whitewashed


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white·wash

 (wīt′wŏsh′, -wôsh′, hwīt′-)
n.
1. A mixture of lime and water, often with whiting, size, or glue added, that is used to whiten walls, fences, or other structures.
2. Concealment or palliation of flaws or failures.
3. A defeat in a game in which the loser scores no points.
tr.v. white·washed, white·wash·ing, white·wash·es
1. To paint or coat with whitewash.
2. To conceal or gloss over (wrongdoing, for example).
3. Sports To defeat (an opponent) in a game in which the opponent does not score.

white′wash′er n.
ThesaurusAntonymsRelated WordsSynonymsLegend:
Adj.1.whitewashed - coated with whitewashwhitewashed - coated with whitewash; "miles of whitewashed fences"
painted - coated with paint; "freshly painted lawn furniture"
Translations
مَطلي بِطلاء جيري مائي
kalket
fehérre meszelt
kalkaîur, kalkborinn
badanalı

white

(wait) adjective
1. of the colour of the paper on which these words are printed. The bride wore a white dress.
2. having light-coloured skin, through being of European etc descent. the first white man to explore Africa.
3. abnormally pale, because of fear, illness etc. He went white with shock.
4. with milk in it. A white coffee, please.
noun
1. the colour of the paper on which these words are printed. White and black are opposites.
2. a white-skinned person. racial trouble between blacks and whites.
3. (also ˈegg-white) the clear fluid in an egg, surrounding the yolk. This recipe tells you to separate the yolks from the whites.
4. (of an eye) the white part surrounding the pupil and iris. The whites of her eyes are bloodshot.
ˈwhiten verb
to make or become white or whiter. She used a little bleach to whiten the sheets.
ˈwhiteness noun
ˈwhitening noun
a substance used to make certain things (eg tennis shoes) white again.
ˈwhitish adjective
fairly white; close to white.
ˌwhite-ˈcollar adjective
(of workers, jobs etc) not manual; (working) in an office etc.
white elephant
a useless, unwanted possession.
white horse noun
(usually in plural) a wave that has a crest of white foam.
ˌwhite-ˈhot adjective
(of metals) so hot that they have turned white. a white-hot poker.
white lie
a not very serious lie. I'd rather tell my mother a white lie than tell her the truth and upset her.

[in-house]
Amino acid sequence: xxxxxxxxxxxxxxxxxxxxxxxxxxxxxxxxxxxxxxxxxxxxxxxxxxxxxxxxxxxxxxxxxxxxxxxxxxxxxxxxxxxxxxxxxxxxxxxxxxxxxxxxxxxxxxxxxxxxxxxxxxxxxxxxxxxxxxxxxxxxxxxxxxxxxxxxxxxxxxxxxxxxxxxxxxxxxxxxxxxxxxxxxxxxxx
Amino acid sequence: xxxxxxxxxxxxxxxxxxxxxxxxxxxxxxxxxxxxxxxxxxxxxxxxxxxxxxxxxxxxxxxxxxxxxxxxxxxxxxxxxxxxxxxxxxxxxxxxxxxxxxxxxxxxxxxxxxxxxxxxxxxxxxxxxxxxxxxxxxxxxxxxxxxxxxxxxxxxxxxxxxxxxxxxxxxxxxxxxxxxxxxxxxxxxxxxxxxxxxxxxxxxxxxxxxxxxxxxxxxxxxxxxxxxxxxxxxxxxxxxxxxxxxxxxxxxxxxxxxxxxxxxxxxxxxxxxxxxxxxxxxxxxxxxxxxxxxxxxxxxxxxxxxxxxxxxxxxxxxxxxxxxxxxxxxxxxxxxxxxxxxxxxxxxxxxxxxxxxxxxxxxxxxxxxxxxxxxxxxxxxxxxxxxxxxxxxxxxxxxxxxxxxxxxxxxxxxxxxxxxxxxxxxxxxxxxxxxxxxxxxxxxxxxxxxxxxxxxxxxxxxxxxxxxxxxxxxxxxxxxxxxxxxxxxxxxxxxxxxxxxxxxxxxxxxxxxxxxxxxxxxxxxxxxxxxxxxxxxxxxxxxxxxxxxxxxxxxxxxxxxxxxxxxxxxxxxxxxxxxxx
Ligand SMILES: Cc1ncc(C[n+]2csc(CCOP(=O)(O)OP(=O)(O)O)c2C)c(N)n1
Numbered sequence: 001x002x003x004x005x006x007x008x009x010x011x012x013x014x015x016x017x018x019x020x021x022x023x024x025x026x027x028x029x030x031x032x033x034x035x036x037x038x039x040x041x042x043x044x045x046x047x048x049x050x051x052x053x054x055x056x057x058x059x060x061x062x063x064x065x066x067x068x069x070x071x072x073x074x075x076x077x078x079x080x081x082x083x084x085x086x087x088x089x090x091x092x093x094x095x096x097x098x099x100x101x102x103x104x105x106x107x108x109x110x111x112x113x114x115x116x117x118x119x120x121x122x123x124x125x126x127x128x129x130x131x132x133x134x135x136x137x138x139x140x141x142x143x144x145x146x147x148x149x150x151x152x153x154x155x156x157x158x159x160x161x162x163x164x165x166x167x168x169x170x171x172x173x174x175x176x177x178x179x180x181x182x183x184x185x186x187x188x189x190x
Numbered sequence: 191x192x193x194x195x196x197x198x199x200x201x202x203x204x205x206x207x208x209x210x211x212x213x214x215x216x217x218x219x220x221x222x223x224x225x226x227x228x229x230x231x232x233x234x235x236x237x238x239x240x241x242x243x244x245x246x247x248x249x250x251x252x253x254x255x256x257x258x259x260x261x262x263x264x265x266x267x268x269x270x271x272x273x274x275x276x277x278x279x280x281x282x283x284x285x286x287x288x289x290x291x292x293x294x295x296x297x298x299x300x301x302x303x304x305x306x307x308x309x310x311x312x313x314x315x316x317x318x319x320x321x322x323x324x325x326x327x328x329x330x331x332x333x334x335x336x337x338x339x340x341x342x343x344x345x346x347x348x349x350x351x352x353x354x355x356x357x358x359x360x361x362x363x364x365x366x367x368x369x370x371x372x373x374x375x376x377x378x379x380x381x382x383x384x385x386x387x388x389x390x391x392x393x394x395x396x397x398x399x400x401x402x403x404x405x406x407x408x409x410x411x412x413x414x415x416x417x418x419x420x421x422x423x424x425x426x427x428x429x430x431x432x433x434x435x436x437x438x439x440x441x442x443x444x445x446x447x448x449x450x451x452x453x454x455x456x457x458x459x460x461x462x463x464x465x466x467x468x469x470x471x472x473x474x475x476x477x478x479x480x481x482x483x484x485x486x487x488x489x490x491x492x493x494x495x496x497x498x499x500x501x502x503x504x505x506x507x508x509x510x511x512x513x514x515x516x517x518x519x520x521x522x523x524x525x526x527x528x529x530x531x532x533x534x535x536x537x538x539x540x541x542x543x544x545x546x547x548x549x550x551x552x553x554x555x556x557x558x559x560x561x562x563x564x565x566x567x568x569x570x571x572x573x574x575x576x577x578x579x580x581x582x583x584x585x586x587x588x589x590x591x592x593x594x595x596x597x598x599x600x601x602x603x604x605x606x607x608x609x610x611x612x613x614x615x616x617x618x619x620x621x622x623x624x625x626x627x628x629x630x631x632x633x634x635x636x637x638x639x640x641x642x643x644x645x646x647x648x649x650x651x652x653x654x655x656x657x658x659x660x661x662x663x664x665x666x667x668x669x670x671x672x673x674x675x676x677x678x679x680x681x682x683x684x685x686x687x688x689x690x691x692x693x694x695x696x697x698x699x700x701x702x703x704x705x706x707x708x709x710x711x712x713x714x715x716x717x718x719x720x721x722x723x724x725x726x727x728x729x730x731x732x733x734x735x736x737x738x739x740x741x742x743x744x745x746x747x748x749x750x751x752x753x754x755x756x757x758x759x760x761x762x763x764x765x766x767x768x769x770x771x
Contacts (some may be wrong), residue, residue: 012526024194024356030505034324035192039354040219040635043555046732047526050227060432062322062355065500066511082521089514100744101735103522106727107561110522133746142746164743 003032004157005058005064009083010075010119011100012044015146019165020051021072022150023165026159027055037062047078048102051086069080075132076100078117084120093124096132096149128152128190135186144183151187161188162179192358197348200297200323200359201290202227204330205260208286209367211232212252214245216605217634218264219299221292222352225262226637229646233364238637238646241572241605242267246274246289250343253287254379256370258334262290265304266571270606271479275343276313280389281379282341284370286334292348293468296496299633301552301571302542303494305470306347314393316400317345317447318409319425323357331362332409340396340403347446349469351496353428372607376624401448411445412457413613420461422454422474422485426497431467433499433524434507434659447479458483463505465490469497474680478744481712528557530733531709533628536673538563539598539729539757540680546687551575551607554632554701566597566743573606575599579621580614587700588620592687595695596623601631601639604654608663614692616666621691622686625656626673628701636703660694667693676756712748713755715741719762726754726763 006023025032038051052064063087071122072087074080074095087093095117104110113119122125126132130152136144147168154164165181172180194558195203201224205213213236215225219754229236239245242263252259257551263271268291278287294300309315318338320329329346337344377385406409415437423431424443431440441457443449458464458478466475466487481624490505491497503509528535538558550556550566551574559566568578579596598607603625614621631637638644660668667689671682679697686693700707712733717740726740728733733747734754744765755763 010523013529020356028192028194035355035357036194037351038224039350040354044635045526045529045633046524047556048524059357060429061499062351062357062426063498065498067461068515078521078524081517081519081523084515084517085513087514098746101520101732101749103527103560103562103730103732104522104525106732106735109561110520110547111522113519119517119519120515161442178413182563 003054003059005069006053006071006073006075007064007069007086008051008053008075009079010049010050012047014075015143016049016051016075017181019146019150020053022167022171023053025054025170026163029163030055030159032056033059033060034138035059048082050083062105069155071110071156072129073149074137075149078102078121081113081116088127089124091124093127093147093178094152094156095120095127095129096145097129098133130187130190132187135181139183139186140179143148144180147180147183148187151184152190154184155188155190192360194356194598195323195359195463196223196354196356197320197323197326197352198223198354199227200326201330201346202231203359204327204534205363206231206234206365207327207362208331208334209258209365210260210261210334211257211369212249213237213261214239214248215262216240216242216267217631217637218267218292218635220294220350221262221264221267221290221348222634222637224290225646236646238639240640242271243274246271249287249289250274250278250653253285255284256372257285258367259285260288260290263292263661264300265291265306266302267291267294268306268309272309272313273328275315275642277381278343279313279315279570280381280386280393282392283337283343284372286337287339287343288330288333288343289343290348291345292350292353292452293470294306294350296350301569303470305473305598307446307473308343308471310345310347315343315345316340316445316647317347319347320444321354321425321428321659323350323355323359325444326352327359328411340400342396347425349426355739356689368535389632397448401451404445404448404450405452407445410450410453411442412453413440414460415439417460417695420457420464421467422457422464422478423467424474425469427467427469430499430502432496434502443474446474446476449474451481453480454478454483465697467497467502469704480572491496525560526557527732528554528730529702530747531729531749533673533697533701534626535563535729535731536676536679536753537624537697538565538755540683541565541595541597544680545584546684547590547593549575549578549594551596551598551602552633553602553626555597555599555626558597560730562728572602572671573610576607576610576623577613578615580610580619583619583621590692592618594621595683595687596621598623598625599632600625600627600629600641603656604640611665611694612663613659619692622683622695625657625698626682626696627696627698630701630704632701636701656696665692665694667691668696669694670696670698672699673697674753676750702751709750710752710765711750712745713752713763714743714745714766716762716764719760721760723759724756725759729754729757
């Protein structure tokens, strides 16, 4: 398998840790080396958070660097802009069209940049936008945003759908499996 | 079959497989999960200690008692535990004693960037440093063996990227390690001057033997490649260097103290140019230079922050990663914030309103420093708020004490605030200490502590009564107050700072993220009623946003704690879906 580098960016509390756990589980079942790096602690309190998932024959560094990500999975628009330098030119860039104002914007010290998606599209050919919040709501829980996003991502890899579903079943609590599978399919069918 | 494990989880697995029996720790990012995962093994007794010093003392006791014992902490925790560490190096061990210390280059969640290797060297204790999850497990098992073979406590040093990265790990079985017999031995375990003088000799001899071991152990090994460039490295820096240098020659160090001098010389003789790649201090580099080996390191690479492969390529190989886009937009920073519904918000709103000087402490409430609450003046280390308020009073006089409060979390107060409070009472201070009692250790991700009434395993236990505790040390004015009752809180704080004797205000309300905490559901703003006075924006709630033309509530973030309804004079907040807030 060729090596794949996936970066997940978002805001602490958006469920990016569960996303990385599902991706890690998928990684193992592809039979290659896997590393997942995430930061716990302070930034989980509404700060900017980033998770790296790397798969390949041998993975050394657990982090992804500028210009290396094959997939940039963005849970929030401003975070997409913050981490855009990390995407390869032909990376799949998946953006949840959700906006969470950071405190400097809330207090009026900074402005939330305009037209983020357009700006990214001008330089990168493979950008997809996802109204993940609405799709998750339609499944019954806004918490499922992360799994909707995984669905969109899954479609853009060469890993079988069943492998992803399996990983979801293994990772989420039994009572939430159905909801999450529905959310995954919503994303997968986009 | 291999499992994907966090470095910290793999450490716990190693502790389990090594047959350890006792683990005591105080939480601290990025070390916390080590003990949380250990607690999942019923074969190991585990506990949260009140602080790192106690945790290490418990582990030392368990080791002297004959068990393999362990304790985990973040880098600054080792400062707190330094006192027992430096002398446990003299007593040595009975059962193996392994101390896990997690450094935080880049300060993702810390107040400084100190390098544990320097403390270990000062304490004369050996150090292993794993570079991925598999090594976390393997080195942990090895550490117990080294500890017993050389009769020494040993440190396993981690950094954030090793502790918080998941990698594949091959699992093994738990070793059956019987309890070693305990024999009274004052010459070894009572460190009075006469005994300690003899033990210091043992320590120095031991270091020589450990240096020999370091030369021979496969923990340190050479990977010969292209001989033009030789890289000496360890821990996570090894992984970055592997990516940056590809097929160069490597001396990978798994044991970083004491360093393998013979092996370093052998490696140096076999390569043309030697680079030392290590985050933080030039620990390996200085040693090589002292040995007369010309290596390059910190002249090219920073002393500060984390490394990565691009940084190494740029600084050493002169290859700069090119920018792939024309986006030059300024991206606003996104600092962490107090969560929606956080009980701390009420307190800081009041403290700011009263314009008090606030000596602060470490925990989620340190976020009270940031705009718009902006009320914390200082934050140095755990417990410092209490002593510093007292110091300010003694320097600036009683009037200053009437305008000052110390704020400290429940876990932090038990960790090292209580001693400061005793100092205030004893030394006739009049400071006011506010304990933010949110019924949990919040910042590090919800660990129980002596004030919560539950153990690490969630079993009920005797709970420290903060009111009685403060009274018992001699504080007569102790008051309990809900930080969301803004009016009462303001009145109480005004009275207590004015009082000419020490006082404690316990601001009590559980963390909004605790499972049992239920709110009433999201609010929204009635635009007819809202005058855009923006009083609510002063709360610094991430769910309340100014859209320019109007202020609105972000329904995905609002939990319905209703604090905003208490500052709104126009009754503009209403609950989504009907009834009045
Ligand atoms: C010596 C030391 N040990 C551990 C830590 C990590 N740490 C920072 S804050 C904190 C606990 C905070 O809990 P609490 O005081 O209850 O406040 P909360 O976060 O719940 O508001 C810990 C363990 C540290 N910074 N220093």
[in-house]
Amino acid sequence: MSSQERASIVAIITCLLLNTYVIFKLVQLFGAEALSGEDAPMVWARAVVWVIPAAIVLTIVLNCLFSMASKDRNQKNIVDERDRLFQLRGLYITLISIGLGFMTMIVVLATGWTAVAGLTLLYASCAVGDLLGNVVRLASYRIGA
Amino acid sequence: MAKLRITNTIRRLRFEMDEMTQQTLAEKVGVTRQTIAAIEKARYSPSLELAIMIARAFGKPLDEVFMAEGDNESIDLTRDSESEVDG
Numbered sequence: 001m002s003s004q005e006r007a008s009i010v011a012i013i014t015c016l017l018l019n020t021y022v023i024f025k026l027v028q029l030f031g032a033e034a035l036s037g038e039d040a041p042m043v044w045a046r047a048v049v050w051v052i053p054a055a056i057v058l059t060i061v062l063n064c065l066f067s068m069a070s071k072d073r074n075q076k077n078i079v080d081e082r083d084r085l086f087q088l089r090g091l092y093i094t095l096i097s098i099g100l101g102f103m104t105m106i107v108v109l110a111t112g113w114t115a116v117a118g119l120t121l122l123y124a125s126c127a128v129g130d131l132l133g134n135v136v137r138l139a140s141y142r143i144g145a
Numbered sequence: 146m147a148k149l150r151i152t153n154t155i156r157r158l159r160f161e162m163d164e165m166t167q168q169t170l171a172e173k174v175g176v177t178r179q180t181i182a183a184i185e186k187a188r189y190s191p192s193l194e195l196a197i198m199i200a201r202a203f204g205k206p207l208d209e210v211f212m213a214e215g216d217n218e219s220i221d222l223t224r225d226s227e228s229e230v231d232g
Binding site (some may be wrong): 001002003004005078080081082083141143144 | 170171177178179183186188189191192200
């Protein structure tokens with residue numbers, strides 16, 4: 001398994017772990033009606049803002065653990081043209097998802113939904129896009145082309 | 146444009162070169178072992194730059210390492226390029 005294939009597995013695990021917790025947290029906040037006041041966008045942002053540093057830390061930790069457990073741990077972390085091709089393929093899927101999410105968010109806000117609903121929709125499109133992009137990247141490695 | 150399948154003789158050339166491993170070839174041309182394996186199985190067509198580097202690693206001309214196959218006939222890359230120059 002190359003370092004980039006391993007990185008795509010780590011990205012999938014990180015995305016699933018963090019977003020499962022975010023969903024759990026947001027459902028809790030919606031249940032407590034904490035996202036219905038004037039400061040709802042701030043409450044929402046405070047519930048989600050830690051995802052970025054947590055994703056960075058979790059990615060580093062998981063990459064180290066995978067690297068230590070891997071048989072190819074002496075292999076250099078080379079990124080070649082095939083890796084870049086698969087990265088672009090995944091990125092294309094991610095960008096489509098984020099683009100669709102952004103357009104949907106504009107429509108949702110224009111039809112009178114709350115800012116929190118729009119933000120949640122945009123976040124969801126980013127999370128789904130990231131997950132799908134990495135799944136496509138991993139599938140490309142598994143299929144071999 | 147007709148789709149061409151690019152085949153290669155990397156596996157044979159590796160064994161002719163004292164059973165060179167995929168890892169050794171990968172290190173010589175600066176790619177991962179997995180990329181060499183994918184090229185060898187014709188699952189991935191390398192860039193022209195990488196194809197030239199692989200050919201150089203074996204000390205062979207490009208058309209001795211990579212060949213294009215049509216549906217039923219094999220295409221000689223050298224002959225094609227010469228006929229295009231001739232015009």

ˈwhitewash noun
a mixture of usually lime and water, used for whitening walls.
verb
to cover with whitewash.
ˈwhitewashed adjective
white winewine
References in classic literature ?
Sighing, he dipped his brush and passed it along the topmost plank; repeated the operation; did it again; compared the in- significant whitewashed streak with the far-reaching continent of unwhitewashed fence, and sat down on a tree-box discouraged.
Afterwards, the wall was whitewashed or scraped down, I know not which, and the inscription disappeared.
There was a high wall all around, which had been whitewashed, and the gate just before our travelers was a mere opening in the wall, with no bars across it.
They are very thick, and are often plastered and whitewashed and capped with projecting slabs of cut stone.
He, however, who whitewasheth his house, betrayeth unto me a whitewashed soul.
So full of this reeling scene were we, as we stood by the plunging bowsprit, that for some time we did not notice the jeering glances of the passengers, a lubber-like assembly, who marvelled that two fellow beings should be so companionable; as though a white man were anything more dignified than a whitewashed negro.
We went upstairs and passed into a large whitewashed apartment which was perhaps fifty feet long by thirty feet wide and twenty or twenty-five high.
In 1830 it was a snug collection of modest one- and two- story frame dwellings, whose whitewashed exteriors were almost concealed from sight by climbing tangles of rose vines, honeysuckles, and morning glories.
After they had left the station they had driven through a tiny village and she had seen whitewashed cottages and the lights of a public house.
As they passed the little whitewashed cottage, she suddenly let go his hand, and darted inside.
Naturally I love her--she is so pretty that anybody with eyes in his head must love her--but too much of anything is bad, and next month the passages and offices are to be whitewashed, and people who have ever whitewashed their houses inside know what nice places they are to live in while it is being done; and there will be no dinner for Irais, and none of those succulent salads full of caraway seeds that she so devotedly loves.
There was nothing behind him: there was just the whitewashed wall.